2006 PT Cruiser Convertible
Trim Level: 2.4L Turbo
EPA Vehicle Class: Specialty-Purpose Vehicle / SUV-2WD (FWD)
Engine: DOHC 2.4L, Turbocharged Inline-4 Cylinder rated at 230 Horsepower / 245 lb-ft torque
Transmission: 4-Speed Automatic with torque converter
EPA Mileage Estimates (City/Highway/Combined Cycle): 19/26/23
Test Loop: 95% City, 05% Highway
Max Cruise Speed = 75 mph
Weather Conditions over 3-days: Tornadic turning to Windy and Mild. Temp range 55-80F
Driving Style: Average
Location Test: Kansas City to Tulsa to Kansas City
MPG = 20.3 (pre-ScanGauge)
Conclusion: WAY off the mark -- what car was the EPA testing?
Editor's Notes: At the last minute, I needed to rent from a different agency, so I reserved a base-level, "Economy" car to see what was out there in the world of inexpensive, fuel efficient vehicles. Meanwhile, all day long, severe storms ripped through the area with tornadoes, microbursts/straight-line winds, up to baseball-sized hail and heavy rain. Each wave of storms brought destruction to somewhere in the Metro-area. At the counter, "You're in luck! We're out of econo-cars, so we upgraded you!". I ran outside in the pouring rain past a sea of PT Cruiser convertibles to see what my vehicle would be, and there it was: my purple PT. "Oh Crap" basically summed it up. Let's do some analogy exercises: Dodge Ram 3500 with the Cummins Diesel is to "Manly Vehicle" as Volkswagen New Beetle is to "Chick Car" (I don't mean to gender-biased the car-world, but statistics and demographics back me up on this one). I think we know where this vehicle falls. Speaking of falling, another line of storms was about to hit, so I took off quickly -- all I needed was to get pummled with baseball-sized hail, have it tear through the soft top, knock me out, and I end up in the Missouri River. From the PT's that I've rented before, I noticed a little more power, but nothing earth shattering -- I just figured that it had a larger engine this year. When I get to my destination, I can see in the light "2.4L Turbo" on the liftgate (by the way, I've seen bigger cargo capacities in Porsches than this thing). Turbo? The turbo I'm used to is the kind that kicks in, and you have to hang on. Clearly, the boost was low and could be detected in the mid-to-high rev bands after I took it out again. But, let's consider the average buyer and how often that tach needle goes past "3".
So, it was time to fill up already. Geez louise, what crappy mileage! I got better mileage from my old Mitsu Lancer Evo that made nearly 300 horsepower and had at least 17-pounds of stock boost on tap (from a 2.0L!)... and AWD! What is wrong with this picture? Is Chrysler getting ready to dump the venerable Sebring Convertible and the PT is the unfortunate replacement? Honestly, I hope not! Turns out they haven't been selling, so that's why gobs ended up on the rental lot in bulk. The regular PT is versatile and stylish in 4-door form, and even has a decent capacity to haul schtuff. But this is a different animal.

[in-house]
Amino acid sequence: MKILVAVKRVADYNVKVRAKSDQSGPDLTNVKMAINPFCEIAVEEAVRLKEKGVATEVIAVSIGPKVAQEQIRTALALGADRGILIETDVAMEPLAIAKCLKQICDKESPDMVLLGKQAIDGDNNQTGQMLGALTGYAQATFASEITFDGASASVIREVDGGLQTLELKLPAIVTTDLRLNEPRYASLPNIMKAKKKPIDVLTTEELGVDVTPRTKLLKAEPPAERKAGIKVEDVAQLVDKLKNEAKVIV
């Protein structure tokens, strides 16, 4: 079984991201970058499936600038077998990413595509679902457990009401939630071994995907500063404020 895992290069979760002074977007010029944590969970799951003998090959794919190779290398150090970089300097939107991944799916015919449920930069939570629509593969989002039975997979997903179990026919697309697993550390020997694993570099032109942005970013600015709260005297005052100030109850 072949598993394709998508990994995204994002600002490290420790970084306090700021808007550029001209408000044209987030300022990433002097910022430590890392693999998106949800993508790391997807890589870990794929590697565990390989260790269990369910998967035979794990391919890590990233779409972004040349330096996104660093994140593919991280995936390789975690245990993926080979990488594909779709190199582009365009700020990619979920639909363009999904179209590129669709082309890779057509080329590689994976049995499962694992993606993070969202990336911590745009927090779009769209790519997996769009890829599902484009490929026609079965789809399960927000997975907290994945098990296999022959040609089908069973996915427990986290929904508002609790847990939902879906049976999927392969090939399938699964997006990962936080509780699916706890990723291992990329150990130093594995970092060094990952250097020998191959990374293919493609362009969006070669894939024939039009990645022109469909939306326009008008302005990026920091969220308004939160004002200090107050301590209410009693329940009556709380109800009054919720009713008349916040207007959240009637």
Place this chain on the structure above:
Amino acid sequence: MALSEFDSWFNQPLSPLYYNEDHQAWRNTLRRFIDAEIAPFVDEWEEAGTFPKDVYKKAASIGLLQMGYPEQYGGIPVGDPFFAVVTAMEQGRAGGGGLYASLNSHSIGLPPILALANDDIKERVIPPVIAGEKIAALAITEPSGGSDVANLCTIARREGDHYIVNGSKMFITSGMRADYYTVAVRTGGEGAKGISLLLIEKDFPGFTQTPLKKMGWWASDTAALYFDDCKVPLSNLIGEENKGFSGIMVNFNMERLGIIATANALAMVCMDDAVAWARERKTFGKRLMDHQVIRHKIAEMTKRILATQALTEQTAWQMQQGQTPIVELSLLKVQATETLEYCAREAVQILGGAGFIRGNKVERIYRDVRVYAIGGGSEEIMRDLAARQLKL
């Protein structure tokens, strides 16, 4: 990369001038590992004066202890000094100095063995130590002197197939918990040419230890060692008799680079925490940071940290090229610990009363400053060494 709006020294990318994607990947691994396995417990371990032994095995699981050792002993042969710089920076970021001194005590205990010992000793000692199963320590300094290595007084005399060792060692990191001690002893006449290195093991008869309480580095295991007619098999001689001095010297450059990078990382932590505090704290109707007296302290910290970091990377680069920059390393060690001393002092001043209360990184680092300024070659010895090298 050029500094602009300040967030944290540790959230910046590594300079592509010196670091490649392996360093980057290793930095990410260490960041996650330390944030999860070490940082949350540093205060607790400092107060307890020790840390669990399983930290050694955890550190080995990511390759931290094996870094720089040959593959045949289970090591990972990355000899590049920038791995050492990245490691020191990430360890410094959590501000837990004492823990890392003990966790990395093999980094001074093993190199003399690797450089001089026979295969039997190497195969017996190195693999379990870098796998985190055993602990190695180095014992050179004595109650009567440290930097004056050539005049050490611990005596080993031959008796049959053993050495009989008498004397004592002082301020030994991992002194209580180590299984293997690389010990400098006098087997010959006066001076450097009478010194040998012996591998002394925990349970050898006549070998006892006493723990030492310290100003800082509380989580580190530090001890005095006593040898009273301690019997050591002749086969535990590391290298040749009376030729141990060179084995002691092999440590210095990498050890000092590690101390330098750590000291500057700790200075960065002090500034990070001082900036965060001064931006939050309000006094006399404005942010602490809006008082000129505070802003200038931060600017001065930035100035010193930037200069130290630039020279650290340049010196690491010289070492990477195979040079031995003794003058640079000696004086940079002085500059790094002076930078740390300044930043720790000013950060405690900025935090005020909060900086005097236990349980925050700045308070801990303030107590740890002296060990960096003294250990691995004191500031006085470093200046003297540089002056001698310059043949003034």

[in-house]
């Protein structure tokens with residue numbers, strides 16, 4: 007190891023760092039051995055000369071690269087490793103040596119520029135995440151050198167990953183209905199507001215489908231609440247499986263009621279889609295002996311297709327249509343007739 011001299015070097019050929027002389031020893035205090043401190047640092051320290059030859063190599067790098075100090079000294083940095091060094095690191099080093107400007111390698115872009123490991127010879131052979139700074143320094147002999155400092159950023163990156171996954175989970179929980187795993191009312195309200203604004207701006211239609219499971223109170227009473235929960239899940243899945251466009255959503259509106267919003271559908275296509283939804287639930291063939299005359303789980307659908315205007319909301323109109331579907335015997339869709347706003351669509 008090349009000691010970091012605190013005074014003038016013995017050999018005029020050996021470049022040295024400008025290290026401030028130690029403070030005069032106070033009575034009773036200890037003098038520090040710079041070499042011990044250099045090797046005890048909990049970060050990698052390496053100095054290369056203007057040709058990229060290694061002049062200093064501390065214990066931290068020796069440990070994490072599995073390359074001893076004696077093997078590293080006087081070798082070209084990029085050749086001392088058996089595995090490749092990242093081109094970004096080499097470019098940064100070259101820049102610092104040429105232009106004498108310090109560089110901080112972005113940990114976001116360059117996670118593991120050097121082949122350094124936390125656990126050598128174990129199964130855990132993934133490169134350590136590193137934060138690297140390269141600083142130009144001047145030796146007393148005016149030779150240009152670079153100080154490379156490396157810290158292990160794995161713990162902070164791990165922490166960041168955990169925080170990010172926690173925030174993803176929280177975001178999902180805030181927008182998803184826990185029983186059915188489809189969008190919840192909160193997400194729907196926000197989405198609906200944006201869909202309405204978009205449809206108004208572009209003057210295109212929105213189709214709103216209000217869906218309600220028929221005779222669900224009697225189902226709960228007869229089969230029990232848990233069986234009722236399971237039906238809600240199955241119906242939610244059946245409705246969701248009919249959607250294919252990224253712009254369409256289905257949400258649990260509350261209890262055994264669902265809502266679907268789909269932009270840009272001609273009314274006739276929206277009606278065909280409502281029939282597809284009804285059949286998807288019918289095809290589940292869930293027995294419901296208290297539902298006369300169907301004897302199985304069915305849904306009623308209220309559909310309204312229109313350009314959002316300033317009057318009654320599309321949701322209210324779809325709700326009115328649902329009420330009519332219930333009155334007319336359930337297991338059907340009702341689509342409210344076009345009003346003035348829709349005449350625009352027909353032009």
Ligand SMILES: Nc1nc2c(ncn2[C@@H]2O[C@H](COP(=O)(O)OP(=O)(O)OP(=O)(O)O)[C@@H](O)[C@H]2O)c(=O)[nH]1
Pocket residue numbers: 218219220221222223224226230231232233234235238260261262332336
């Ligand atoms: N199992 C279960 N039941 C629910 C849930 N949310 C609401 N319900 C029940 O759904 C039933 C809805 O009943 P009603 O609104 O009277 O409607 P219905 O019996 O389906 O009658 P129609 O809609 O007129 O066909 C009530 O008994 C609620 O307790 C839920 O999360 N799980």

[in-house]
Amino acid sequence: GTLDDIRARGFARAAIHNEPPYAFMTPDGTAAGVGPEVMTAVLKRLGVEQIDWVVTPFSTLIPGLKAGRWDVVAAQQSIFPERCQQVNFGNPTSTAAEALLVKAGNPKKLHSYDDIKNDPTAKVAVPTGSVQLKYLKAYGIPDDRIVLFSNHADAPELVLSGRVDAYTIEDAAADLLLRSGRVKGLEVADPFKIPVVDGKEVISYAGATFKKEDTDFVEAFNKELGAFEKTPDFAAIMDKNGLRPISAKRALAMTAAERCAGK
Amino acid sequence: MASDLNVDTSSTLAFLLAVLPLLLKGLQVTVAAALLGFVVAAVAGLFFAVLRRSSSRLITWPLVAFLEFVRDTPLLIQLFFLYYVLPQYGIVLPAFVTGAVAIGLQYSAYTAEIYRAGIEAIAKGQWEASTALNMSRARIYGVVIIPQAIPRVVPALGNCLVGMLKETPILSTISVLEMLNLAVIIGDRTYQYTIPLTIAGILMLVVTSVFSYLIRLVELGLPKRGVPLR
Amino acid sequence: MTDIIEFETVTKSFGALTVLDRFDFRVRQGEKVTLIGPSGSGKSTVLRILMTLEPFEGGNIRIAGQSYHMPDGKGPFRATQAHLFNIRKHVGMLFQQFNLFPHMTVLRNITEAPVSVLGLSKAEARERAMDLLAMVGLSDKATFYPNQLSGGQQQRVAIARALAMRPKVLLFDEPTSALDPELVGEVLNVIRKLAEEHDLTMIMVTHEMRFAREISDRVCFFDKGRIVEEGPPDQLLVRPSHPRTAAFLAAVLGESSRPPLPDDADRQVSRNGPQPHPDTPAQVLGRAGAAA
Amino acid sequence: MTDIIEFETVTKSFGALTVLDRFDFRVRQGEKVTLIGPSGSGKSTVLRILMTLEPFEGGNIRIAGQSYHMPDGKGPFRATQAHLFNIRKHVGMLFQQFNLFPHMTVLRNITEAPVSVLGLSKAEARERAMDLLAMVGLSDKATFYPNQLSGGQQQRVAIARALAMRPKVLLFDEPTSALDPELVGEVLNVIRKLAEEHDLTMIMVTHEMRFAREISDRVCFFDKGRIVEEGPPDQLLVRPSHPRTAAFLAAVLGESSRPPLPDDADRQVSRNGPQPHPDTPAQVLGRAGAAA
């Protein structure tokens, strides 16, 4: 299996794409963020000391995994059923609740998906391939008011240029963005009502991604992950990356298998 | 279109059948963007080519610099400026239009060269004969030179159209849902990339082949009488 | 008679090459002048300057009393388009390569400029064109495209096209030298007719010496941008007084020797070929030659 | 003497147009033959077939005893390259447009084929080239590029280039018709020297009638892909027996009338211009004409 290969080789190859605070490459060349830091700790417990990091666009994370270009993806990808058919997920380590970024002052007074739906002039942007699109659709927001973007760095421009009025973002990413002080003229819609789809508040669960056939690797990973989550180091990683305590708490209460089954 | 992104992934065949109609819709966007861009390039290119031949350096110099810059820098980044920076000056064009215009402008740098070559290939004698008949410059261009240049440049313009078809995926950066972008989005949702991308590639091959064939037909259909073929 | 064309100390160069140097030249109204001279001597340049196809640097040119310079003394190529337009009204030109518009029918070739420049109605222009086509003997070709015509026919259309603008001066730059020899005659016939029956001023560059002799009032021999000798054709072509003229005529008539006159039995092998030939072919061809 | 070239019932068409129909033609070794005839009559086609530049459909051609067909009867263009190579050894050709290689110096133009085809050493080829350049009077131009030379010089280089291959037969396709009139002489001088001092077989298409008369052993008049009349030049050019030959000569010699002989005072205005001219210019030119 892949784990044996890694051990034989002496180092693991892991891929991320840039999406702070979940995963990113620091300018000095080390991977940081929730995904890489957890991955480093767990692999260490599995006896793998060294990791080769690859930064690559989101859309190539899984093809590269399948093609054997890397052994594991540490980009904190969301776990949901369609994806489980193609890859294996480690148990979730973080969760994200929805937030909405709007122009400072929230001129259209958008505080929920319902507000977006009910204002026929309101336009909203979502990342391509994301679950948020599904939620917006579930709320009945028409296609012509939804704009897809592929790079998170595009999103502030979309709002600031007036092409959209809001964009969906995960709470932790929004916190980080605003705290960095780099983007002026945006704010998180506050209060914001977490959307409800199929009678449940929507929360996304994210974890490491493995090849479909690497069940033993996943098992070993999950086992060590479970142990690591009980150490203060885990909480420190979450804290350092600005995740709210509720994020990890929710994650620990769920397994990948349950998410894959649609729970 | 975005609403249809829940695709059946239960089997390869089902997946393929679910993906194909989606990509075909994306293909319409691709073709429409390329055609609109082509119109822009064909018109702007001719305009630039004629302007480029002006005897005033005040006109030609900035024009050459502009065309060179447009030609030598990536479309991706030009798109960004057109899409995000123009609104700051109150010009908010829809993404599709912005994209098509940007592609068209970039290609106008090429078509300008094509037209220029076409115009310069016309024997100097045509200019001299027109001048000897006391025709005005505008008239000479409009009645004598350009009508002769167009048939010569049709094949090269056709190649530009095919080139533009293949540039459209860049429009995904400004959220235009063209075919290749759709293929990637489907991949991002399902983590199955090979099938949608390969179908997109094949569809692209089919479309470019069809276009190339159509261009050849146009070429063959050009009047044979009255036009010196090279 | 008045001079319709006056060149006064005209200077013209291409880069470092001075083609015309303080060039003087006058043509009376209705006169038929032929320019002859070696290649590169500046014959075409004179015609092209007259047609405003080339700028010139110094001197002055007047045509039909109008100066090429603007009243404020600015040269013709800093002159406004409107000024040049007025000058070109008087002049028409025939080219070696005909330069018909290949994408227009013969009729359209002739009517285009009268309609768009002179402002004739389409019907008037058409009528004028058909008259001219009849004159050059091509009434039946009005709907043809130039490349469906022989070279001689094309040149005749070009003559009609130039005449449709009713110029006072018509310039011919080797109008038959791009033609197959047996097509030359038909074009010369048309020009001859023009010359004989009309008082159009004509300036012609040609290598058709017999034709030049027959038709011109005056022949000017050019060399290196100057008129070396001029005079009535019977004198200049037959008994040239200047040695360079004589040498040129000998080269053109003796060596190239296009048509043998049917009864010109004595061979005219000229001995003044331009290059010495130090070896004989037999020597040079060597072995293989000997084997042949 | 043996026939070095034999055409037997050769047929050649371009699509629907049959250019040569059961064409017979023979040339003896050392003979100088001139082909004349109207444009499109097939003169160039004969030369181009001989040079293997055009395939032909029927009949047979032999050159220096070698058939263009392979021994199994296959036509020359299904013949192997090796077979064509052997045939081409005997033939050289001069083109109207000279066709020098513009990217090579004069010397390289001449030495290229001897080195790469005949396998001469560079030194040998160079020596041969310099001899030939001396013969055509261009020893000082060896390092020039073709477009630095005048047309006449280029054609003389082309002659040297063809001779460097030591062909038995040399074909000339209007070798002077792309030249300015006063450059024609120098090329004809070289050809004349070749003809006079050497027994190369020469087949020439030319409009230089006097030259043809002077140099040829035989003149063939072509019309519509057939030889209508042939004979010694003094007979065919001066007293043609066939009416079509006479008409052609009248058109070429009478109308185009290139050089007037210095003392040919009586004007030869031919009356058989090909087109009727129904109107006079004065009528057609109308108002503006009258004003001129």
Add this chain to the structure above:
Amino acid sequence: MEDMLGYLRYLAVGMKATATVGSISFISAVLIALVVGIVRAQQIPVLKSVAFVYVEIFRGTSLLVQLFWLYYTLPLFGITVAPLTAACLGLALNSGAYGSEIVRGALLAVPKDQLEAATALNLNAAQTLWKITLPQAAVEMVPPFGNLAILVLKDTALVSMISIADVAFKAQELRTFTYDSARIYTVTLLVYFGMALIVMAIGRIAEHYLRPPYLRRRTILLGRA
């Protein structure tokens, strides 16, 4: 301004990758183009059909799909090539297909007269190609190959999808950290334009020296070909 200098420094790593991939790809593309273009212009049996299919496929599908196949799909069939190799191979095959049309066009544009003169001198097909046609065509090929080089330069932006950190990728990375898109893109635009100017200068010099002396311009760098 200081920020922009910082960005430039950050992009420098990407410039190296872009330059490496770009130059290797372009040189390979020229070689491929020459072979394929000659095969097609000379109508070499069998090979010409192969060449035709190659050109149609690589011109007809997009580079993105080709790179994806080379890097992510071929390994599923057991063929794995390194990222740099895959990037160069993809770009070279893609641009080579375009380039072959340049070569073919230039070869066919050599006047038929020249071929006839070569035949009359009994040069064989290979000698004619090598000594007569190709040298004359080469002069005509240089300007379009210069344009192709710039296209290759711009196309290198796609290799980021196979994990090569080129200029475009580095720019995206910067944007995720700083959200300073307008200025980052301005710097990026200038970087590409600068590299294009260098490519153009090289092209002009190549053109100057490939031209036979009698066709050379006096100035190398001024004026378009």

If you've ever driven any PT, the experience is unlike any other vehicle (and I don't mean that in the friendliest of ways). The seating position is minivan-like, where the front passengers sit way too high, without a lowering adjustment. Then there's the oversized steering wheel, A/C vents that you blow right on you (unless you disable all but the far passenger side), an impossibly comfortable seating position, power window controls on the front of the dash, and that really annoying gear shift lever that goes from D to 3 to "L", shaped like a cue ball. What happened to second gear, one of the most important gears? Well, in L, just redline it in first and you're in 2nd without your permission -- but for how long? Back it down to around 3K RPMs and the tranny downshifts in a whiplash of deceleration, again unexpected and without the driver's permission. Honestly, how useful is this? It should just have 3 positions: "Stopped", "Backwards" and "Go". Or "S, B, G".
Well, what can I say that I liked about this car? It had 4-wheels and a seat. Honestly, though, it has a roll-bar that somewhat stiffens the ride, but rough roads just have the whole thing going willy-nilly. Auntie Em, it's a Twister! Otherwise, I guess it handled OK, and featured Daimler's newly implemented cruise control: if you start to gain speed beyond your speed setting while decending a hill, it automatically downshifts for you to get back to the intended speed. It had a decent stock stereo, with an input for an I-Pod, or in my case, the laptop hooked to an inverter in the cigarette lighter, and a cord running from the earphone jack "The Lap-Pod". It works well though and holds up to 50,000 songs, so that's a plus. Anyways, the car did have a Temp, Direction, and Stereo Selection indicator in the tach cluster. Power points were abundant, and if you plug something into the console outlet, a notch lets you close the console without crimping the cord (an overall Daimler intention on many models). Also, the turbo was better than nothing, but killed economy, as usual. Why not use a smaller displacement with a higher-boost turbo? I guess America is addicted to torque and wakes up in the middle of the night in a sweat from a turbo lag nightmare. "Honey, What is it?" (gasping for breath) "Oh, I just had a terrible nightmare -- I stepped on the gas pretty hard and the car went, but -- but after a second or 2, then it was like something kicked in and it went normally" The spouse replies "Oh hun, not the Turbo Lag dream again...it'll be okay, we have a HEMI". Sigh.
Anyways, all of the female co-workers I encountered commented about how cute the car was. I just sighed. At least it said "Turbo" on the back, or I'd have to hide my identity. Bottom line: if you want an efficient 4-seater convertible, look somewhere else.